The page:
Check out this 1957 segment from the television quiz program What's My Line?
It features the show's panelists—with their witty, postwar Manhattan-after-8 p.m. patterttrying to guess the profession of guest Clarence B. Litchfield. Litchfield designed houses. As in "The Big House." He was a prison architect.
Litchfield designed federal penitentiaries in Terre Haute, Indiana and Lewisburg, Penn; the midrise Brooklyn House of Detention; and state and county hoosegows across the country. He designed prisons with places for recreation and education and believed—according to one interview—that the correctional system should rehabilitate inmates rather than simply punishing them.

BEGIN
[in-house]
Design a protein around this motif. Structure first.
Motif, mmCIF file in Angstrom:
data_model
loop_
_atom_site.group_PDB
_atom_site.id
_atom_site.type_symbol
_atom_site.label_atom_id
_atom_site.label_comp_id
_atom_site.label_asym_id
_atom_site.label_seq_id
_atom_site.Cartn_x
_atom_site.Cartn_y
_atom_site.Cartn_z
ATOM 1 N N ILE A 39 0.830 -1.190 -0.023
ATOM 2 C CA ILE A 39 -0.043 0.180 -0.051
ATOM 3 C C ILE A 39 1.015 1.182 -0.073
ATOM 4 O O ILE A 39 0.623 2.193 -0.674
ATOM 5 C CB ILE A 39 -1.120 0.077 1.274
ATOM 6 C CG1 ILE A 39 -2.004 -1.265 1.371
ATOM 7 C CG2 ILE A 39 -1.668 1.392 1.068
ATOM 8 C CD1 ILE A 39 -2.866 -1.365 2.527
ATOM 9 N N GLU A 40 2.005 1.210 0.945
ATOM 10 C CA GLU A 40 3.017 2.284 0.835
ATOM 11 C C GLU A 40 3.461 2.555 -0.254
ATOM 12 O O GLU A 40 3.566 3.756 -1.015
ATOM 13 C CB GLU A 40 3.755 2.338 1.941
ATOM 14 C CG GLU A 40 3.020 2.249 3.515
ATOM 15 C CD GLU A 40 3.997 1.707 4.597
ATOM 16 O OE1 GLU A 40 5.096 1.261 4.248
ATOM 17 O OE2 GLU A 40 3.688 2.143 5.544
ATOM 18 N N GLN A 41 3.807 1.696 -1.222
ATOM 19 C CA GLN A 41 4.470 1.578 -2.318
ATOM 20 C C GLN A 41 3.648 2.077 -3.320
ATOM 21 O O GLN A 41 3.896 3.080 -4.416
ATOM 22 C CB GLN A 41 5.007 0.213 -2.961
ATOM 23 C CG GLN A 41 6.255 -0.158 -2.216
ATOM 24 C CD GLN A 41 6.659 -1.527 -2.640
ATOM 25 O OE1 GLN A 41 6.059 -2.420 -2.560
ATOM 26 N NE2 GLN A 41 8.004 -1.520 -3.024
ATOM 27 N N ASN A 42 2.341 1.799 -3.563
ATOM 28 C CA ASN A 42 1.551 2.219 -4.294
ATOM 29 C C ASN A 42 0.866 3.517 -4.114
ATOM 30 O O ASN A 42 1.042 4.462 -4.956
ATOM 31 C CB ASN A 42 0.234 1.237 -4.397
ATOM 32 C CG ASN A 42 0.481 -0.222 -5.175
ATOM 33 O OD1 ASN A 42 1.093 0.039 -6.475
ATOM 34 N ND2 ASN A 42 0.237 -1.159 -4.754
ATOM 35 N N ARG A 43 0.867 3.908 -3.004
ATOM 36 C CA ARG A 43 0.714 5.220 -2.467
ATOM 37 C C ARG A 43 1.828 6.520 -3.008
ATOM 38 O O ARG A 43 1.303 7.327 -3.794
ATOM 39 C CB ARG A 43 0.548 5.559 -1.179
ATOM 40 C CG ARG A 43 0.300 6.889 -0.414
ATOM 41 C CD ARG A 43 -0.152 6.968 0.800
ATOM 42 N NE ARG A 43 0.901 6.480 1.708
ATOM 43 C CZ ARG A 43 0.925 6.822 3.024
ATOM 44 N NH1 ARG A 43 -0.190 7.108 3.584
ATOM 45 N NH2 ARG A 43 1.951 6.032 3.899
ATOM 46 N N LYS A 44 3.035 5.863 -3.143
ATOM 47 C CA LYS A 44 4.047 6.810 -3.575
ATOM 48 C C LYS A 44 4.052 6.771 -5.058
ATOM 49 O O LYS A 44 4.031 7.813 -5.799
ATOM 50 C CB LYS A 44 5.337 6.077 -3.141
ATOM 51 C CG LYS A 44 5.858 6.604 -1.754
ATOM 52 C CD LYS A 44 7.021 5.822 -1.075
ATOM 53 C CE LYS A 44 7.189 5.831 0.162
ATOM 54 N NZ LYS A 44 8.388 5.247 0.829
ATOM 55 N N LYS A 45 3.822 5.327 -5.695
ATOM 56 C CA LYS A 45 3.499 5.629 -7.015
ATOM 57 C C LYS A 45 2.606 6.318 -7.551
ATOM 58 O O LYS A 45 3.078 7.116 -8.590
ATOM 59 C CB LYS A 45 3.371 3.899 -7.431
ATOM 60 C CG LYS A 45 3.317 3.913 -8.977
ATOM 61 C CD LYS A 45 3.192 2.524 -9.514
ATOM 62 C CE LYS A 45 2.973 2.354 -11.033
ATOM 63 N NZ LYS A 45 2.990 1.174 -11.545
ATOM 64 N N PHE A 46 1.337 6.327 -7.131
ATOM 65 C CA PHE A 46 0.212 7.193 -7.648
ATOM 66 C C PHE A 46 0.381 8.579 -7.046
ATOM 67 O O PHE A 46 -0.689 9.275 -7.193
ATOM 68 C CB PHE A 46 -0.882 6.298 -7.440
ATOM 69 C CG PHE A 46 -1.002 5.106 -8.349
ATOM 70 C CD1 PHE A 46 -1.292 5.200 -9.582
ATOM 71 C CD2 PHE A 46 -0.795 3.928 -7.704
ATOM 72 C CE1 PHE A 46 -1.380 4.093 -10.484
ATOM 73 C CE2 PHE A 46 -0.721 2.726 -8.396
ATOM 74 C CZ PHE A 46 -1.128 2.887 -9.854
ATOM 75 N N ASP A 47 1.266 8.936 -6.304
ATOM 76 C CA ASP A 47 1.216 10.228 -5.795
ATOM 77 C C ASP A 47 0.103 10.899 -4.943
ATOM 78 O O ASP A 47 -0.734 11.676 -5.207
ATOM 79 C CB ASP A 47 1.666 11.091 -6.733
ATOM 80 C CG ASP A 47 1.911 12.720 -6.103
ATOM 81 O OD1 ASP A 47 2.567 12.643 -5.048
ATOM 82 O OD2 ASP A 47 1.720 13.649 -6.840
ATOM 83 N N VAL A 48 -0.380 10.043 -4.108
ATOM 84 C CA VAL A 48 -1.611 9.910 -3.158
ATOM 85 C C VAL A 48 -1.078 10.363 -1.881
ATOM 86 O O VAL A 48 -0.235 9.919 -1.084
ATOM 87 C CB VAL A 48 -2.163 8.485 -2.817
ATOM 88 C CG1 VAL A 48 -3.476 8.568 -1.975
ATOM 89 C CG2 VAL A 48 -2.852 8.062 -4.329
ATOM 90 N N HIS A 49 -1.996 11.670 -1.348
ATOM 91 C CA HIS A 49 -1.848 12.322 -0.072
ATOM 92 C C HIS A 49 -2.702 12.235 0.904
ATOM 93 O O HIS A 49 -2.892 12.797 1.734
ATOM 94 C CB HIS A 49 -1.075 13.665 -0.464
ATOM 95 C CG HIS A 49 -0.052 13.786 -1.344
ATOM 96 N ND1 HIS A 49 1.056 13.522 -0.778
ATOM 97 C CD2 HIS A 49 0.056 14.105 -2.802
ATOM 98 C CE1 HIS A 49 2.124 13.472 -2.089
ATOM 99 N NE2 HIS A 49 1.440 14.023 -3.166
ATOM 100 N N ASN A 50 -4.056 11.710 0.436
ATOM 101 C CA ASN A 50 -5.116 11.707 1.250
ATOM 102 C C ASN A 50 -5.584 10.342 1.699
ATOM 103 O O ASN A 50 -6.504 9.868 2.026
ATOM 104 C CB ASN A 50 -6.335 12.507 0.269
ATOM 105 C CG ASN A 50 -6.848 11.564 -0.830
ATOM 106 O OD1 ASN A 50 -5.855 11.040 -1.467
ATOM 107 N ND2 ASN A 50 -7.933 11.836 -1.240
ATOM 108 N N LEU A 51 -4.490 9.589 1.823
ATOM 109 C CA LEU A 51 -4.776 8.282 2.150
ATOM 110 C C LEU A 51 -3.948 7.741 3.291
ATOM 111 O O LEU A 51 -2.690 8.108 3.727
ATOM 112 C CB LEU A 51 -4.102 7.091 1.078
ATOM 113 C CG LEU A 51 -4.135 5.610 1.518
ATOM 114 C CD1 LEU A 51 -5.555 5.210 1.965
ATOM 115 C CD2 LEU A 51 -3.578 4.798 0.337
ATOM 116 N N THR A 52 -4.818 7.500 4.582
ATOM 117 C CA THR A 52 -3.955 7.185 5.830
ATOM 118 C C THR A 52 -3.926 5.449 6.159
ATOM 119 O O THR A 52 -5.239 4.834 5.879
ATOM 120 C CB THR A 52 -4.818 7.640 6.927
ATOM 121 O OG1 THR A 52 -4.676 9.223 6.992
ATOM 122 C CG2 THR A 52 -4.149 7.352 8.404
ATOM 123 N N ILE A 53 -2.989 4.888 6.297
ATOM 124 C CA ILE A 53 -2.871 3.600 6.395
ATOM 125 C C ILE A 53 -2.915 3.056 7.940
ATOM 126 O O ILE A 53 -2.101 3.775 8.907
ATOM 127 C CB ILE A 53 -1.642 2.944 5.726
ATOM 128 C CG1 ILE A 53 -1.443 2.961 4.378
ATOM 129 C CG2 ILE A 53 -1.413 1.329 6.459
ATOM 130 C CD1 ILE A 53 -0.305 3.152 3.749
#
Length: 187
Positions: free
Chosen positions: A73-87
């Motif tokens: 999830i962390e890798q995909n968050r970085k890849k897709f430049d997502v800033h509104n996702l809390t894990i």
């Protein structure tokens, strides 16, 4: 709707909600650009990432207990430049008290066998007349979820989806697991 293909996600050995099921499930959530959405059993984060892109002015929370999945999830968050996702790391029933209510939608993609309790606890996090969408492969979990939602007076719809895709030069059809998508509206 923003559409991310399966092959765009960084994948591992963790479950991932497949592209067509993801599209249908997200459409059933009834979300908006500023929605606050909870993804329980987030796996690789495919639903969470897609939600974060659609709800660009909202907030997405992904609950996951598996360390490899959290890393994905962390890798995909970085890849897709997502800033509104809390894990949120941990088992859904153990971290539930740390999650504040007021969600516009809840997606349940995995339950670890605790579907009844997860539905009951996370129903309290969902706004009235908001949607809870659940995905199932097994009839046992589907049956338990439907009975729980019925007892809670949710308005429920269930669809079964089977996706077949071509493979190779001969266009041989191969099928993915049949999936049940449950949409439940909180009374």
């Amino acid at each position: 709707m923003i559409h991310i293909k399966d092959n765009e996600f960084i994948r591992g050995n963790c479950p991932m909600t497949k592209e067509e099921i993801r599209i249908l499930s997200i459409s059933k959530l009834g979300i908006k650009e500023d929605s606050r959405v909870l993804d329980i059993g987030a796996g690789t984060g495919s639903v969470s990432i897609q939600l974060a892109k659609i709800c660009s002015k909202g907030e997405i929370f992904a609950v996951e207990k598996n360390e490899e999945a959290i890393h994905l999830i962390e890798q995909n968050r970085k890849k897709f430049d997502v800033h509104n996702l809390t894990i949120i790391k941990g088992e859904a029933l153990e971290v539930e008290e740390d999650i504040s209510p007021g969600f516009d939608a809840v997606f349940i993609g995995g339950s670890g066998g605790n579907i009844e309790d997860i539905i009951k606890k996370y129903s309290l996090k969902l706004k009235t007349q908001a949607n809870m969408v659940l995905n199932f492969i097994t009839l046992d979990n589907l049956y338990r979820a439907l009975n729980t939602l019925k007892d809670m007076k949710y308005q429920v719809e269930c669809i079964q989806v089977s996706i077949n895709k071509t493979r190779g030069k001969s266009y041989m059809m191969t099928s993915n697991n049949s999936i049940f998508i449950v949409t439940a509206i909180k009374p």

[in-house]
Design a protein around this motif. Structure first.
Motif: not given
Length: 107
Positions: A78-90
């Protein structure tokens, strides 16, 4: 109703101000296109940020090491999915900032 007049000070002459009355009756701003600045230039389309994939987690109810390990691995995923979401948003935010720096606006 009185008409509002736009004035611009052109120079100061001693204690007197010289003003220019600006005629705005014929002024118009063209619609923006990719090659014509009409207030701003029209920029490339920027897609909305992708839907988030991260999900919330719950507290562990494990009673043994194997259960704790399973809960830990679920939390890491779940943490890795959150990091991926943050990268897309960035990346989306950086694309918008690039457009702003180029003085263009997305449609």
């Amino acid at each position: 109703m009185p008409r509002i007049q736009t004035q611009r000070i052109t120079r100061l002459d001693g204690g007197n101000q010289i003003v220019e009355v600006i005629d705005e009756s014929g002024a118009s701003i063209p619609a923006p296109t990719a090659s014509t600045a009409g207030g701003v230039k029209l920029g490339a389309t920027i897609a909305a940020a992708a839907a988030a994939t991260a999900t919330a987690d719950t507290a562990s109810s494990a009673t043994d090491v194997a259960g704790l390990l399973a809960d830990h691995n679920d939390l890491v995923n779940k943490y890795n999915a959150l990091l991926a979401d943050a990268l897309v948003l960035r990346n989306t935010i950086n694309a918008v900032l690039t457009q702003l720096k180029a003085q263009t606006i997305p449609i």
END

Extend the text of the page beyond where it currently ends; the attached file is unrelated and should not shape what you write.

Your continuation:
When he died in 1981 at the age of 78, a New York Times obituary said Litchfield "was widely regarded as the country's leading prison architect."
The What's My Line? panel never guessed Litchfield's occupation. But the questions are entertaining nonetheless. The video was posted on YouTube by a user who has other interesting uploads there too.
We've viewed and thought of Gary, Indiana as an urban ruin for so long, we've forgotten what the city once was.
I found the above video on YouTube yesterday. It shows what the steel town looked like around 1960: a vibrant city of more than 100,000 souls. Broadway — Gary's main drag — bustles with commerce and even a parade in the video. We see a new, modern school, the Marquette Park bathhouse, designed by Chicago architects Maher & Sons and more.
The video was posted on YouTube by Anthony Diaz, director of imaging for the Mid-American Heritage Preservation Foundation, a non-profit group in Whiting, Indiana that digitally restores old film depicting Northwest Indiana. More good stuff to watch here.